The human genome has its own proofreaders and editors, and their handiwork is not as haphazard as once thought.
When DNA's double helix is broken after damage from, say, exposure to X-rays, molecular machines perform a kind of genetic "auto-correction" to put the genome back together -- but those repairs are often imperfect. Just as your smartphone might amend a misspelled text message into an incoherent phrase, the cell's natural DNA repair process can add or remove bits of DNA at the break site in a seemingly random and unpredictable manner. Editing genes with CRISPR-Cas9 allows scientists to break DNA at specific locations, but this can create "spelling errors" that alter the function of genes.
This response to CRISPR-induced damage, called "end joining," is useful for disabling a gene, but researchers have deemed it too error-prone to exploit for therapeutic purposes.
A new study upends this view. By creating a machine-learning algorithm that predicts how human and mouse cells respond to CRISPR-induced breaks in DNA, a team of researchers discovered that cells often repair broken genes in ways that are precise and predictable, sometimes even returning mutated genes back to their healthy version. In addition, the researchers put this predictive power to the test and successfully corrected mutations in cells taken from patients with one of two rare genetic disorders.
The work suggests that the cell's genetic auto-correction could one day be combined with CRISPR-based therapies that correct gene mutations by simply cutting DNA precisely and allowing the cell to naturally heal the damage.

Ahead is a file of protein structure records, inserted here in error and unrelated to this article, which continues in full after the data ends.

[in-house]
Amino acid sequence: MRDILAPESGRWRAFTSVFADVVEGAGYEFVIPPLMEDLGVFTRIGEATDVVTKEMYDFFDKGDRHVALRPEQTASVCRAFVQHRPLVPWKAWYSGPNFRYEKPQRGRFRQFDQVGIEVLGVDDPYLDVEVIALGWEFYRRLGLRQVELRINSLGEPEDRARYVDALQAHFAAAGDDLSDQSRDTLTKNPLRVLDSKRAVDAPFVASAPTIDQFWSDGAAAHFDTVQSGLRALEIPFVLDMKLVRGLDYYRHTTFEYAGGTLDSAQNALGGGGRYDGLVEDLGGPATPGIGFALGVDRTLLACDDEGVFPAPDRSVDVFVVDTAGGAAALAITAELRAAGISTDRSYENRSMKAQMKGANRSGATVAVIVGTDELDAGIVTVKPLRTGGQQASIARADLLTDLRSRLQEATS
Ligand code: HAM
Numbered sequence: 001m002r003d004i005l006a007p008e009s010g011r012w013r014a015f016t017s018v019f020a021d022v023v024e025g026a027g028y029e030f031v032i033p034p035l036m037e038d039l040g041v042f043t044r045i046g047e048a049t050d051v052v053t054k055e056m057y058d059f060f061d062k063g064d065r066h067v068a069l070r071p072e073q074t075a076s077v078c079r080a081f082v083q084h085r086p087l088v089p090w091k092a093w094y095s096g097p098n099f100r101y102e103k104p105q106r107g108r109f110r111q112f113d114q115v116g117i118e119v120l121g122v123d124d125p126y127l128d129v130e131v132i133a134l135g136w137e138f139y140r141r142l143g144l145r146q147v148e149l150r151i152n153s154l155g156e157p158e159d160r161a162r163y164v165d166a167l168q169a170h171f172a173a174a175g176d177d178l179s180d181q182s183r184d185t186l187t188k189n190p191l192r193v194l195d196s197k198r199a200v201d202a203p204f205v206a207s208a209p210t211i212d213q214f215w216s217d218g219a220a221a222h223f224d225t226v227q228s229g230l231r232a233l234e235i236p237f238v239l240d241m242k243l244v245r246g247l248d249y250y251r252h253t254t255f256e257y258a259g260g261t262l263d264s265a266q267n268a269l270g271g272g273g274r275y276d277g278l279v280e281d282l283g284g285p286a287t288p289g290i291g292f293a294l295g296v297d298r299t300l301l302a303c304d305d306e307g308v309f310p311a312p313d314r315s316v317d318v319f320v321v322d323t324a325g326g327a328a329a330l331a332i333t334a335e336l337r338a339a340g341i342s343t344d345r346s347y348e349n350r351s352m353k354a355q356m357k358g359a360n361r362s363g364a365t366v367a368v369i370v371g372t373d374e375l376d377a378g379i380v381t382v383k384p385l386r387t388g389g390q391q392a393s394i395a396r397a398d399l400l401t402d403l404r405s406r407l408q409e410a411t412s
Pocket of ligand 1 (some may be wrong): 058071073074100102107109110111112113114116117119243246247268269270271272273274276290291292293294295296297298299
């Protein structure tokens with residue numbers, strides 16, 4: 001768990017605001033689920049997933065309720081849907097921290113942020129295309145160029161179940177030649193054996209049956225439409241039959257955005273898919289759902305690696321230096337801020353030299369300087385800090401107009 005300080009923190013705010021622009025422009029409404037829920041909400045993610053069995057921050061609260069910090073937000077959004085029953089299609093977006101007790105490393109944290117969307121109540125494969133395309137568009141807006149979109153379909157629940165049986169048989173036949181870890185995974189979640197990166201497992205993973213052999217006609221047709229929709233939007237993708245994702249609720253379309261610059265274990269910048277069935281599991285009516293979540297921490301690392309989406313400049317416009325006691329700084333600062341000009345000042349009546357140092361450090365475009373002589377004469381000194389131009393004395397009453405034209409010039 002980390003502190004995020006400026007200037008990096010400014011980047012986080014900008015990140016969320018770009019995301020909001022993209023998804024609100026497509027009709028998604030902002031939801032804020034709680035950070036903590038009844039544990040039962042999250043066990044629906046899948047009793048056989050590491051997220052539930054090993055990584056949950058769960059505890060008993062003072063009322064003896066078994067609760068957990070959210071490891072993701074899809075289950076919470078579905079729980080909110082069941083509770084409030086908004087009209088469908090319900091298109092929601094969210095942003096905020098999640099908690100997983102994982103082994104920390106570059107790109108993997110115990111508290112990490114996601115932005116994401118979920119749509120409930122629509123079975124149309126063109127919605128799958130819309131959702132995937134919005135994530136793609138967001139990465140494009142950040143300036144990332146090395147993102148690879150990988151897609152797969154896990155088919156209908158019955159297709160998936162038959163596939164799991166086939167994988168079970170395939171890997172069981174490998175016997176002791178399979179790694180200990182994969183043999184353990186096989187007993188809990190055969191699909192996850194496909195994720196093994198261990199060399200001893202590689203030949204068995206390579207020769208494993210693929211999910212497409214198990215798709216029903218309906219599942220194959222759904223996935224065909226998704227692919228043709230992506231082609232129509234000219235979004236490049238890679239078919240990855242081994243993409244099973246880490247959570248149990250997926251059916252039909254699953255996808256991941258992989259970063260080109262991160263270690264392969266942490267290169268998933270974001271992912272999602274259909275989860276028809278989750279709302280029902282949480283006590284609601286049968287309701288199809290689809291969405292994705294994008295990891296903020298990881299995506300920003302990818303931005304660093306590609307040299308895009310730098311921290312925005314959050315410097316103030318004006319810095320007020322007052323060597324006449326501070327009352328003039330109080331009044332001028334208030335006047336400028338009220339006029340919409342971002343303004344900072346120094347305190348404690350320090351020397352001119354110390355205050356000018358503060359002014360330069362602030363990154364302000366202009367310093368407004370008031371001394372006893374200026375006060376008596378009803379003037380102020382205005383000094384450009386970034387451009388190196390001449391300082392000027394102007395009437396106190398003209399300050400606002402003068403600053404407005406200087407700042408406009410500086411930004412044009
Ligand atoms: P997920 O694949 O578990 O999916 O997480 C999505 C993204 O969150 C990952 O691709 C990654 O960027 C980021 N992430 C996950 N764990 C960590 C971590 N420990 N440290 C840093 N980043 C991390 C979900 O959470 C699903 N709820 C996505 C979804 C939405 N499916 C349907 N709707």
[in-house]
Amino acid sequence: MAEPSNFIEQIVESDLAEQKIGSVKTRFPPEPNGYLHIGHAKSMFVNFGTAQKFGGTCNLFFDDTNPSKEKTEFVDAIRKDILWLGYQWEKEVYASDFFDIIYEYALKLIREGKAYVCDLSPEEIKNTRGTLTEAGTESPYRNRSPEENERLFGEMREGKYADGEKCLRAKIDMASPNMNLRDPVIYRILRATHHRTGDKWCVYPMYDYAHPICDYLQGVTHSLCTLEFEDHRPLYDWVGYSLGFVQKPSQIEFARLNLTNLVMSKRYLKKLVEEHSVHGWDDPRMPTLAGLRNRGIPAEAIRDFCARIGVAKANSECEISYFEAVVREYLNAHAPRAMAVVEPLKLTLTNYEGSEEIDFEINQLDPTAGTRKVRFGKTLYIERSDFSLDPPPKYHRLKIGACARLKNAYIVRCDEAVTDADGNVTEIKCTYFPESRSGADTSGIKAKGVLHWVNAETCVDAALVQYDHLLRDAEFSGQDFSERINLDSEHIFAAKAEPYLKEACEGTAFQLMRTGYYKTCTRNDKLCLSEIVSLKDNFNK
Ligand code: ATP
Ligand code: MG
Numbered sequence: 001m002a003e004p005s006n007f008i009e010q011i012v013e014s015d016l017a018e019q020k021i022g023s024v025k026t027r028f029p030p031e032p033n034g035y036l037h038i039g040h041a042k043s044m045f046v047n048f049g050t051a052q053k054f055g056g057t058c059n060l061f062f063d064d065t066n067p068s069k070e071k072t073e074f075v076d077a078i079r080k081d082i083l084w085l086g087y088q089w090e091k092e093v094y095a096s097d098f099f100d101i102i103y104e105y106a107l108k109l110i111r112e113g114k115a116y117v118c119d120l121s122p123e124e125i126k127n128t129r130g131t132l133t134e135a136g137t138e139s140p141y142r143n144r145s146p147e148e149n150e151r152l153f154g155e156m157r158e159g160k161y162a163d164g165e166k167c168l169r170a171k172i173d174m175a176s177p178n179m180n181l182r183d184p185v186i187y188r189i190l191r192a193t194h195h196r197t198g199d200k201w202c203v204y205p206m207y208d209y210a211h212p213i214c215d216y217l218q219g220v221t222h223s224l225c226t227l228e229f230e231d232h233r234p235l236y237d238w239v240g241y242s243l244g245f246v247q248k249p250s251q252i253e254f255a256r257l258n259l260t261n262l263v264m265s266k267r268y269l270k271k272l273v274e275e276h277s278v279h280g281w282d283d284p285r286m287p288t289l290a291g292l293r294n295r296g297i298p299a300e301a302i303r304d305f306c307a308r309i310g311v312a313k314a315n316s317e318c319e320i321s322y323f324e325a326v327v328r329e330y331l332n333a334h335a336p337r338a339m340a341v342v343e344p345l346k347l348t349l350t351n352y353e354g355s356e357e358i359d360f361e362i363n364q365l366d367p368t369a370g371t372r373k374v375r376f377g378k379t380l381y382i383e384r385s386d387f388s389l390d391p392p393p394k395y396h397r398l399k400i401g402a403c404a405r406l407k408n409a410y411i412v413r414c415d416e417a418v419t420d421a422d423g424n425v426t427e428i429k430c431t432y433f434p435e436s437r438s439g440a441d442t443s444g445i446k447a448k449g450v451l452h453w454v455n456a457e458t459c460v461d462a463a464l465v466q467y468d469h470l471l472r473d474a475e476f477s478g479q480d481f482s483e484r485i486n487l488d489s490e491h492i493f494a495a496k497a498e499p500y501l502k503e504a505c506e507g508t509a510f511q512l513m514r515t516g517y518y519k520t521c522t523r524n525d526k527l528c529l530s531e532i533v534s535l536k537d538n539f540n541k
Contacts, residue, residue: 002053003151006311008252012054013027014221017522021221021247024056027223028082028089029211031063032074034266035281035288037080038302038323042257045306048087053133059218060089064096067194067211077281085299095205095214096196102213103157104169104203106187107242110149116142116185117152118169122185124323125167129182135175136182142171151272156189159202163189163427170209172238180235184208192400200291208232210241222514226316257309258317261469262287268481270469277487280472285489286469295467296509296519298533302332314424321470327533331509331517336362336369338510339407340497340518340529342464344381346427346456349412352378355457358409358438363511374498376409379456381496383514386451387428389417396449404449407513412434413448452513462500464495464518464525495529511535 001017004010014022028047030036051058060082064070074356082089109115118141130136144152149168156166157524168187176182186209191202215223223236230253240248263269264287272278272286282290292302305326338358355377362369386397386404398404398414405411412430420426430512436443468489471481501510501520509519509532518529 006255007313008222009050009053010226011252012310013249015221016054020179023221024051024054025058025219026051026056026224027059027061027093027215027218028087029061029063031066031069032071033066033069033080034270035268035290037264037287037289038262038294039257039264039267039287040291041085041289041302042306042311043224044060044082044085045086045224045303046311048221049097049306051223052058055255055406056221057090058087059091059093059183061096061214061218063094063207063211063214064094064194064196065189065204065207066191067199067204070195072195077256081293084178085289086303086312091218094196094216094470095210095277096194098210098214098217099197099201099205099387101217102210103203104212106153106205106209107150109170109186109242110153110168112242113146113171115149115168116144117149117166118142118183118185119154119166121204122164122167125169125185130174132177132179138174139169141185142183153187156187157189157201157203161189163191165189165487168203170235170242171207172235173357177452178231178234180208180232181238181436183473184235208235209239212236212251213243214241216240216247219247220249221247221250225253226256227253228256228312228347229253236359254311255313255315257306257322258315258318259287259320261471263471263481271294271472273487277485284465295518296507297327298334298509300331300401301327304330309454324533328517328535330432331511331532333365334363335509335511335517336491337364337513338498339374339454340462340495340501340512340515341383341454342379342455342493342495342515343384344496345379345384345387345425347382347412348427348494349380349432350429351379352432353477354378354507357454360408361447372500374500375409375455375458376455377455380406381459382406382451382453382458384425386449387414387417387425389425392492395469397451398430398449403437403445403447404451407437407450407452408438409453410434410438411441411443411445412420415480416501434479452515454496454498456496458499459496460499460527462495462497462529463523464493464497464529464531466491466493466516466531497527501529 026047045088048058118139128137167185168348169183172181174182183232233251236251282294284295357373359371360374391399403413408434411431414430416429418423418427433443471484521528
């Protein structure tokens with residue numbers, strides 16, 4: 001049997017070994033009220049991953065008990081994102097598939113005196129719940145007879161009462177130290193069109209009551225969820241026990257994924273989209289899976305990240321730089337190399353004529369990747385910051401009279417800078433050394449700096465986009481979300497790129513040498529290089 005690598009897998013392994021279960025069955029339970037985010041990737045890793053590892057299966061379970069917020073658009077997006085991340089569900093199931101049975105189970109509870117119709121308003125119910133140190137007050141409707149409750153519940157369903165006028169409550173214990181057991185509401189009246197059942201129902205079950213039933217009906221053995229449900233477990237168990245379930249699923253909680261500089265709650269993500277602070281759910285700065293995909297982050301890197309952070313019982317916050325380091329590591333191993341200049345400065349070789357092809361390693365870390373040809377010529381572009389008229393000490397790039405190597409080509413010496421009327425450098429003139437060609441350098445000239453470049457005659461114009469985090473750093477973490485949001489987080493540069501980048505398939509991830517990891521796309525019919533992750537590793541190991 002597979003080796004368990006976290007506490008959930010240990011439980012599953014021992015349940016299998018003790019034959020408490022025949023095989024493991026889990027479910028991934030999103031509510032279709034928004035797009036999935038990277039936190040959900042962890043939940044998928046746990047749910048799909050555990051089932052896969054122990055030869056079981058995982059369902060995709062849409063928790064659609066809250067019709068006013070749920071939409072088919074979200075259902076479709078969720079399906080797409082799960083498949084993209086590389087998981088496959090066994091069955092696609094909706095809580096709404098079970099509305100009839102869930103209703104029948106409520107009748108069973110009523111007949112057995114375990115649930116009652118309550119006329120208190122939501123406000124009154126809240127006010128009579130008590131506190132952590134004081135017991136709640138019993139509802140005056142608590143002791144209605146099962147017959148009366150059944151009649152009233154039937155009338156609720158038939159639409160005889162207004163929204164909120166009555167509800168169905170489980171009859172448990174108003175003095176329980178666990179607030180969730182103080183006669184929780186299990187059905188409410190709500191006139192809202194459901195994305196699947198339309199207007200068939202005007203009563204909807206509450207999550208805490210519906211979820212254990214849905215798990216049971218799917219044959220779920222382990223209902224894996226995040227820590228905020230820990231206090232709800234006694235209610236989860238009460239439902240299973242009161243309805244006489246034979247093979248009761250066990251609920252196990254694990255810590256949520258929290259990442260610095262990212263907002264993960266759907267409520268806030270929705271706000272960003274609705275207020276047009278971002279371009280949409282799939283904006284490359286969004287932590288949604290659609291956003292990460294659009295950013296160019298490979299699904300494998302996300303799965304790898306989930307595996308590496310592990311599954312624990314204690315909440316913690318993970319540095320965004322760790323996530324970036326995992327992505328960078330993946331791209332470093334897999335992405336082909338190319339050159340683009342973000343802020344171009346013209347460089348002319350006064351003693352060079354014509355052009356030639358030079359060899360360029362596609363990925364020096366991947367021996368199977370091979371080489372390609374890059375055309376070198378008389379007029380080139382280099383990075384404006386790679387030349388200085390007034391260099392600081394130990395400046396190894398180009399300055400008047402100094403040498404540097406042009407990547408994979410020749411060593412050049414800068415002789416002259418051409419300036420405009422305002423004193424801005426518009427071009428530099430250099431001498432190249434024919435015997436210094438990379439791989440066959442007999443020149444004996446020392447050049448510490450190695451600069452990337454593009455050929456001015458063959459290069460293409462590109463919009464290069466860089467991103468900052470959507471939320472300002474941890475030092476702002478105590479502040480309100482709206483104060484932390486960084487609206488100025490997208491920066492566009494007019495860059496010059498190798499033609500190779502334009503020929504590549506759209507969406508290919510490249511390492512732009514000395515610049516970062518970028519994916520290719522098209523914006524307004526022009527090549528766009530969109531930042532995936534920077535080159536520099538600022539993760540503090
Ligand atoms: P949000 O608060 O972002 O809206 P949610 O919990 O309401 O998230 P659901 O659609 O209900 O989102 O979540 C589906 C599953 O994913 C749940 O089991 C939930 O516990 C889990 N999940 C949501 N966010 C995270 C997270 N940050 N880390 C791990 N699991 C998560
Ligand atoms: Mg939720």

The study, published this week in Nature, was led by David Liu, the Richard Merkin Professor and director of the Merkin Institute of Transformative Technologies in Healthcare, and vice chair of the faculty at the Broad Institute; David Gifford, professor of computer science and biological engineering at MIT; and Richard Sherwood, an assistant professor of medicine in the Division of Genetics at Brigham and Women's Hospital.
"Machine learning offers new horizons for the development of human therapeutics", said Gifford, "This study is an example of how combining computational experiment design and analysis with therapeutic goals can produce an unexpected therapeutic modality."
"We don't currently have an efficient way to precisely correct many human disease mutations," said Liu. "Using machine learning, we've shown we can often correct those mutations predictably, by simply letting the cell repair itself."
Many disease-associated mutations involve extra or missing DNA, known as insertions and deletions. Researchers have tried to correct those mutations with CRISPR-based gene editing. To do this, they cut the double helix with an enzyme and insert missing DNA, or remove extra DNA, using a template of genetic material that serves as a blueprint. The approach, however, only works in rapidly dividing cells like blood stem cells and even then it is only partly effective, making it a poor choice for therapeutics aimed at the majority of cell types in the body. To restore gene function without templated repair requires knowing how the cell will fix CRISPR-induced DNA breaks--knowledge that did not exist until now.
Evidence of a pattern to CRISPR repair outcomes had been noted previously, and Gifford's lab began to think that such outcomes might be predictable enough to model accurately; however, they needed much more data to turn those patterns into an accurate predictive understanding.